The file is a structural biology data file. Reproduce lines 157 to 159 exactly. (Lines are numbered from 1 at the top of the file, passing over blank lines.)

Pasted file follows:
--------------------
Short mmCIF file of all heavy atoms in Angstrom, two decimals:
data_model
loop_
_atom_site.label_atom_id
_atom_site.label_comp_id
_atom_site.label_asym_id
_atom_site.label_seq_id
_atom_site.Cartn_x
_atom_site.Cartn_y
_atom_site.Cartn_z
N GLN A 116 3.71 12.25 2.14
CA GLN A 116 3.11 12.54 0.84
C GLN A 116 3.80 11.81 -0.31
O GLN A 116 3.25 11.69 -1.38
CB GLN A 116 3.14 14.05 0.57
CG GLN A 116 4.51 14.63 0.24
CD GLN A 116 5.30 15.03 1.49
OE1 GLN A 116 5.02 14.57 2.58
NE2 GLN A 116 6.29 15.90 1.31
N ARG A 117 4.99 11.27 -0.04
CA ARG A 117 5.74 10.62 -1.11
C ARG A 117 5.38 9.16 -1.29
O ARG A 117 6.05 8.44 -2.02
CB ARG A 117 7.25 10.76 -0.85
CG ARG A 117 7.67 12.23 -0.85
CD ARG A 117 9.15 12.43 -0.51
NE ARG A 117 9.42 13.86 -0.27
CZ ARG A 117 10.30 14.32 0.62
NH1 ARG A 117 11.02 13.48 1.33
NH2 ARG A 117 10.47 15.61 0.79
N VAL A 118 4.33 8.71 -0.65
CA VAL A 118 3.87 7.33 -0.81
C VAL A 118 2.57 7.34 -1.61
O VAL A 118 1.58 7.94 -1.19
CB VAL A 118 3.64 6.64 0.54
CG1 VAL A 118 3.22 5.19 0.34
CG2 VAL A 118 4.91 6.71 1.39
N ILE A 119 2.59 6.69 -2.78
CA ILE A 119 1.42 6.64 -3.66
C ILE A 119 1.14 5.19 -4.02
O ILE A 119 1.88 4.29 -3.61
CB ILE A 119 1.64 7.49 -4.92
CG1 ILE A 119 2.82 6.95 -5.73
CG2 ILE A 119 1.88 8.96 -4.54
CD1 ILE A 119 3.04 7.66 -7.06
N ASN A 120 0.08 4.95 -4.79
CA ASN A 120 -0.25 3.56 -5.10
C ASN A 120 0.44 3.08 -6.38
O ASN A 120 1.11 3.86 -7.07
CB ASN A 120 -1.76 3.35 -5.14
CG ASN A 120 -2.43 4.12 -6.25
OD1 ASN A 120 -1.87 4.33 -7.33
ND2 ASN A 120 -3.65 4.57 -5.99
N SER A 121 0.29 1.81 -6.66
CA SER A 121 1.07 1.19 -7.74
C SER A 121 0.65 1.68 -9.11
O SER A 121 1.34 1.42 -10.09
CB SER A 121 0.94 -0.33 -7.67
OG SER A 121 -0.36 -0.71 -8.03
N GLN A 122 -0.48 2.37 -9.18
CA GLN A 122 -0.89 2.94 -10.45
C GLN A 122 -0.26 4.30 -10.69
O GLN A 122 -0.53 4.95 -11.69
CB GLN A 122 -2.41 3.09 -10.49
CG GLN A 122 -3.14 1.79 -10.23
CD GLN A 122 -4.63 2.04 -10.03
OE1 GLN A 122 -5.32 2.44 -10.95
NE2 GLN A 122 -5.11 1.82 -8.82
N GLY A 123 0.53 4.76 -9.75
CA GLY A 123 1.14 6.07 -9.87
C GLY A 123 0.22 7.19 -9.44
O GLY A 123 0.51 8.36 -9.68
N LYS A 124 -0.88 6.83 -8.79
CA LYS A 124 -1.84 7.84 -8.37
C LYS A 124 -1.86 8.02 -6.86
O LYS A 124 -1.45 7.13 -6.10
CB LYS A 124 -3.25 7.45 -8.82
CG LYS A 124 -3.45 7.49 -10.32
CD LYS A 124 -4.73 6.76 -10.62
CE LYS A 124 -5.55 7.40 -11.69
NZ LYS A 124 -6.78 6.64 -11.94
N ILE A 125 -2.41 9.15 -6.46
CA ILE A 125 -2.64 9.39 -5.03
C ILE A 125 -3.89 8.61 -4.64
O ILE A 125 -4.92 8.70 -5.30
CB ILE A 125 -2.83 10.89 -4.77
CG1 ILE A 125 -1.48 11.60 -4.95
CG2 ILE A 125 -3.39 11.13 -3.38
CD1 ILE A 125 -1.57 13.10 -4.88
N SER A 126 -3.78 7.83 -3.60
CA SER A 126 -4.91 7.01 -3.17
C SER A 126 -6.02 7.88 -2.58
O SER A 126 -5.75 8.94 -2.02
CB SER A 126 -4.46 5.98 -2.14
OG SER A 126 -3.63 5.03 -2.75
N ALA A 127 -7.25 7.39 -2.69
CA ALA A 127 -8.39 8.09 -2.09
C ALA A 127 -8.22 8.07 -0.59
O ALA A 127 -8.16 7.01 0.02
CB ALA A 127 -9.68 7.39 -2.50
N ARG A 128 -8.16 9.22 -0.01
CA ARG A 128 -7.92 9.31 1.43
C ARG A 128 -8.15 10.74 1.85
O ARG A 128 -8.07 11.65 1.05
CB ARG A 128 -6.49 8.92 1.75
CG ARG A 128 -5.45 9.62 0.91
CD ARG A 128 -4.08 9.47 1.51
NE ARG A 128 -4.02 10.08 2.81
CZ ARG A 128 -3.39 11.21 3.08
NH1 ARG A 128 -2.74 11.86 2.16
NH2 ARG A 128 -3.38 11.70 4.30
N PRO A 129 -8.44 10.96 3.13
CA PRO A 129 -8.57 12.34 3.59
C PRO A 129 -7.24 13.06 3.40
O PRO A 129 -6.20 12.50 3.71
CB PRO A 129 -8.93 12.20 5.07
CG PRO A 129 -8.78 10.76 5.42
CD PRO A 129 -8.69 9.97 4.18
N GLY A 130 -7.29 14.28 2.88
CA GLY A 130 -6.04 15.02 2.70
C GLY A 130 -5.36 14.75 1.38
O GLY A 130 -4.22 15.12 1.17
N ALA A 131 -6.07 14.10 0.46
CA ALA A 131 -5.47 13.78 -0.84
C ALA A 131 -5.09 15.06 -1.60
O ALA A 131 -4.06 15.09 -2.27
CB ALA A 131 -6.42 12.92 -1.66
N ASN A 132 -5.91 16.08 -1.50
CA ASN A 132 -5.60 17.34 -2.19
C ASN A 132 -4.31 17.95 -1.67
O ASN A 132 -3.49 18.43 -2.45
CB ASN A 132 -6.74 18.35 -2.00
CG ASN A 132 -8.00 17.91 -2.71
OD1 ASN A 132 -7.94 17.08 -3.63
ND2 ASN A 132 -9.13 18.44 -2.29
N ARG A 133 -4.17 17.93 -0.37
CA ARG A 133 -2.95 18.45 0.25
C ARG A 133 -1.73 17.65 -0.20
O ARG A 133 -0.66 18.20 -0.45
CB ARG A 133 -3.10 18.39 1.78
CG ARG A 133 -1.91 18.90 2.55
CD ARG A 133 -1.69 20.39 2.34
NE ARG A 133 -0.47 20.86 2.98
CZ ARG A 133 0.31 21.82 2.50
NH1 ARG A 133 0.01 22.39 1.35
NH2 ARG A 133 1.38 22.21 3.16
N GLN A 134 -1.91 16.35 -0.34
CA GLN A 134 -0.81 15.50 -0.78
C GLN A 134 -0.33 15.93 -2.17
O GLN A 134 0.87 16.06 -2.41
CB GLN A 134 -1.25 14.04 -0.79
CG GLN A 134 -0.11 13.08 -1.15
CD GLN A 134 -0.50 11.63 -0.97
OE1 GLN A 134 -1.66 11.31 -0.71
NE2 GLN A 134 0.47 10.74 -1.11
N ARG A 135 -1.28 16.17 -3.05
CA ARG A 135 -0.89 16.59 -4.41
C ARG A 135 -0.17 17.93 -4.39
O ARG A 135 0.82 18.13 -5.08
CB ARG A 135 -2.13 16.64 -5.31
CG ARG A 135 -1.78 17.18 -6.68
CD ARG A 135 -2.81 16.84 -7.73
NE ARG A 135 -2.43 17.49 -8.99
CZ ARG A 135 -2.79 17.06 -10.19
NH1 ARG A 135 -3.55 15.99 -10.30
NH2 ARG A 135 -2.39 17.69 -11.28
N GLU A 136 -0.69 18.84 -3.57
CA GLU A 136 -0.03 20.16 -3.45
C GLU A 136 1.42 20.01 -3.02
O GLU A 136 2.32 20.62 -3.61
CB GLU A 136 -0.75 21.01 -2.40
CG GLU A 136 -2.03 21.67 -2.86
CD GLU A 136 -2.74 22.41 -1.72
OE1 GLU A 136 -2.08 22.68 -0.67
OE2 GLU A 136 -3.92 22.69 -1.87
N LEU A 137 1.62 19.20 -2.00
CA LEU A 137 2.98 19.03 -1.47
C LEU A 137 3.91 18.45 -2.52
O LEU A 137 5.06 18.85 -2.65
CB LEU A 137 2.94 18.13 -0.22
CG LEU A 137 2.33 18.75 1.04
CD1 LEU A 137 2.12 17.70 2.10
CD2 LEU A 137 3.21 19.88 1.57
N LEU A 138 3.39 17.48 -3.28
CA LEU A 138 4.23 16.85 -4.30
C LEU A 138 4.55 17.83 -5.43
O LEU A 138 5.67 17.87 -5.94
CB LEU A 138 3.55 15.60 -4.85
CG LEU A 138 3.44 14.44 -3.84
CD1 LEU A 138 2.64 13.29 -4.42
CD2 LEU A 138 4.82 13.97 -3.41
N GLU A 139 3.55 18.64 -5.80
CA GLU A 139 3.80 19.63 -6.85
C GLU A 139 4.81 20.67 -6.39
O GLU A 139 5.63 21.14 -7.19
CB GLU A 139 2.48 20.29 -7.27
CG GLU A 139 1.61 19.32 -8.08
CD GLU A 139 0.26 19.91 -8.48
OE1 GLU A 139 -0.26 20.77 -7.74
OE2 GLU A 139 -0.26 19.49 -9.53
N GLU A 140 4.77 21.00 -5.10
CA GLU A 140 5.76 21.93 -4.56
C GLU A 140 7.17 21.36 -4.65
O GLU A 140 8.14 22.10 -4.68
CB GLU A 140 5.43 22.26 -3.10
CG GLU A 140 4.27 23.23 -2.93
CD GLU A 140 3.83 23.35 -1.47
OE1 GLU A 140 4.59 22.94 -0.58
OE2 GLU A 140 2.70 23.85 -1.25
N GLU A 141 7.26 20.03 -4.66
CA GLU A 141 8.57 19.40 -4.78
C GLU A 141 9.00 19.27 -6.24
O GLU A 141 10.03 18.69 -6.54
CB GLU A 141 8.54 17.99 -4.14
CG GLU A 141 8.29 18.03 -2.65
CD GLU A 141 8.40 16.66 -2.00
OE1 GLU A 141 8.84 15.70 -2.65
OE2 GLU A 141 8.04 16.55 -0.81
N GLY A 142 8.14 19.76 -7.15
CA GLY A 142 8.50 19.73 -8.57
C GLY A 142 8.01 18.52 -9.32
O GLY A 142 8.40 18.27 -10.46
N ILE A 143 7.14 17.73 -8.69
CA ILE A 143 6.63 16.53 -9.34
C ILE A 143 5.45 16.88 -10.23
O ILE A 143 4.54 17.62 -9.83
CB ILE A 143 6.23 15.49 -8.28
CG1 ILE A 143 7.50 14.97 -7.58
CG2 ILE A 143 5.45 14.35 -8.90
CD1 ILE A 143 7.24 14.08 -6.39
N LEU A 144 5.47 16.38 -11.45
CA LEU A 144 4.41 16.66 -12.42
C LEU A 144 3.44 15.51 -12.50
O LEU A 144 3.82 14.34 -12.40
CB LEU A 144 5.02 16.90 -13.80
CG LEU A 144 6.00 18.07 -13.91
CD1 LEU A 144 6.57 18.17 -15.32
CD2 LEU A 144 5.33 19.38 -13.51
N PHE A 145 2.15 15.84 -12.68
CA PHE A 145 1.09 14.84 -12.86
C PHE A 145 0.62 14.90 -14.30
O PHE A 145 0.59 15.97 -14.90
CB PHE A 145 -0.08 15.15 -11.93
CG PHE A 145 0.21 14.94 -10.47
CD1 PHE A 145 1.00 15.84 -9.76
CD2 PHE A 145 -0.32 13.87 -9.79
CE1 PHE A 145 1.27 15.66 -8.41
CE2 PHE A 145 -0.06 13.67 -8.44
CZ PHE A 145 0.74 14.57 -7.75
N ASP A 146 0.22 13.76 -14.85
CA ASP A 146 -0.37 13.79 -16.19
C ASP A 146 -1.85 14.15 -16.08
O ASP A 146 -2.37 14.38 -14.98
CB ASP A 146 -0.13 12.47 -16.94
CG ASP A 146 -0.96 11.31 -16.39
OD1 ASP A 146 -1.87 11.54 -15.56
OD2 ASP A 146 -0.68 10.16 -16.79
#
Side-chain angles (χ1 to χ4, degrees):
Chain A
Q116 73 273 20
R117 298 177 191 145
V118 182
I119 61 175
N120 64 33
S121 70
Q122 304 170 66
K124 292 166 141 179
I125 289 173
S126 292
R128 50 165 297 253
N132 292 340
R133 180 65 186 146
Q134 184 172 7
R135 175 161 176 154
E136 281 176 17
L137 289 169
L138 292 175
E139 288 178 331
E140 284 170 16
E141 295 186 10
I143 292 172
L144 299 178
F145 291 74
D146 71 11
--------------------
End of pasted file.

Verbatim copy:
CA ARG A 135 -0.89 16.59 -4.41
C ARG A 135 -0.17 17.93 -4.39
O ARG A 135 0.82 18.13 -5.08